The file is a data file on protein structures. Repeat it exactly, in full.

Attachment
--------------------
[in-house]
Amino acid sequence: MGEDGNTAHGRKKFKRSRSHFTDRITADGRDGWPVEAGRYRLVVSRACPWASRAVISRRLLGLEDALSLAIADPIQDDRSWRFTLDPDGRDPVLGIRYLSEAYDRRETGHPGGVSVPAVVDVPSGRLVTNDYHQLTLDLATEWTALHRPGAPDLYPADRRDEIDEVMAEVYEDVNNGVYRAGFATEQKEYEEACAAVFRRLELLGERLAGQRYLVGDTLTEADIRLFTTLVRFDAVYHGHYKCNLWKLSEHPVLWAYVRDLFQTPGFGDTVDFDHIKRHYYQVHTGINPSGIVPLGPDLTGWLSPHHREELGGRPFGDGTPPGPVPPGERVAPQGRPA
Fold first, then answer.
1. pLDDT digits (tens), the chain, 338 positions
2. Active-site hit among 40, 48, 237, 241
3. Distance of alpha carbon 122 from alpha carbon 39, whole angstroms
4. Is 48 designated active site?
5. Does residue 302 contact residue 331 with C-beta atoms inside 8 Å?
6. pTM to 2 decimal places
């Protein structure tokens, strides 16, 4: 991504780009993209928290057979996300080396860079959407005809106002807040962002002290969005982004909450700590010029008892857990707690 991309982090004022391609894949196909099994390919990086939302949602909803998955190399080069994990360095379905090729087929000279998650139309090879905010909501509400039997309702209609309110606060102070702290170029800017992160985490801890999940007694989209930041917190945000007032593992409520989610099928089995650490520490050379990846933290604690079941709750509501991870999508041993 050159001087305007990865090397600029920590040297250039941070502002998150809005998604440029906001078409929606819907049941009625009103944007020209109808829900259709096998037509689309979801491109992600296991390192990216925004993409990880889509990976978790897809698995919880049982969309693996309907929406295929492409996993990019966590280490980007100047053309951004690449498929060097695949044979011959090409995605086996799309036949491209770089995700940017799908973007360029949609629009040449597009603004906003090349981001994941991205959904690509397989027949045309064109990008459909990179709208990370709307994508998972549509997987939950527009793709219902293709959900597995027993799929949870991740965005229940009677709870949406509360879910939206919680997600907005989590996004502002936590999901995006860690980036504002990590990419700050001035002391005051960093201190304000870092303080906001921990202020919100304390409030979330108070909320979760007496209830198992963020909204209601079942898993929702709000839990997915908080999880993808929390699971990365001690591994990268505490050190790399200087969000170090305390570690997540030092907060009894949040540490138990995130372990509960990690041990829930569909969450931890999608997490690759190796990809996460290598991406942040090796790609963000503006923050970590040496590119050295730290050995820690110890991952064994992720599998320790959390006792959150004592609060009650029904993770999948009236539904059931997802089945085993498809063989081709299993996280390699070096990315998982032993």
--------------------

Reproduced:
[in-house]
Amino acid sequence: MGEDGNTAHGRKKFKRSRSHFTDRITADGRDGWPVEAGRYRLVVSRACPWASRAVISRRLLGLEDALSLAIADPIQDDRSWRFTLDPDGRDPVLGIRYLSEAYDRRETGHPGGVSVPAVVDVPSGRLVTNDYHQLTLDLATEWTALHRPGAPDLYPADRRDEIDEVMAEVYEDVNNGVYRAGFATEQKEYEEACAAVFRRLELLGERLAGQRYLVGDTLTEADIRLFTTLVRFDAVYHGHYKCNLWKLSEHPVLWAYVRDLFQTPGFGDTVDFDHIKRHYYQVHTGINPSGIVPLGPDLTGWLSPHHREELGGRPFGDGTPPGPVPPGERVAPQGRPA
Fold first, then answer.
1. pLDDT digits (tens), the chain, 338 positions
2. Active-site hit among 40, 48, 237, 241
3. Distance of alpha carbon 122 from alpha carbon 39, whole angstroms
4. Is 48 designated active site?
5. Does residue 302 contact residue 331 with C-beta atoms inside 8 Å?
6. pTM to 2 decimal places
């Protein structure tokens, strides 16, 4: 991504780009993209928290057979996300080396860079959407005809106002807040962002002290969005982004909450700590010029008892857990707690 991309982090004022391609894949196909099994390919990086939302949602909803998955190399080069994990360095379905090729087929000279998650139309090879905010909501509400039997309702209609309110606060102070702290170029800017992160985490801890999940007694989209930041917190945000007032593992409520989610099928089995650490520490050379990846933290604690079941709750509501991870999508041993 050159001087305007990865090397600029920590040297250039941070502002998150809005998604440029906001078409929606819907049941009625009103944007020209109808829900259709096998037509689309979801491109992600296991390192990216925004993409990880889509990976978790897809698995919880049982969309693996309907929406295929492409996993990019966590280490980007100047053309951004690449498929060097695949044979011959090409995605086996799309036949491209770089995700940017799908973007360029949609629009040449597009603004906003090349981001994941991205959904690509397989027949045309064109990008459909990179709208990370709307994508998972549509997987939950527009793709219902293709959900597995027993799929949870991740965005229940009677709870949406509360879910939206919680997600907005989590996004502002936590999901995006860690980036504002990590990419700050001035002391005051960093201190304000870092303080906001921990202020919100304390409030979330108070909320979760007496209830198992963020909204209601079942898993929702709000839990997915908080999880993808929390699971990365001690591994990268505490050190790399200087969000170090305390570690997540030092907060009894949040540490138990995130372990509960990690041990829930569909969450931890999608997490690759190796990809996460290598991406942040090796790609963000503006923050970590040496590119050295730290050995820690110890991952064994992720599998320790959390006792959150004592609060009650029904993770999948009236539904059931997802089945085993498809063989081709299993996280390699070096990315998982032993």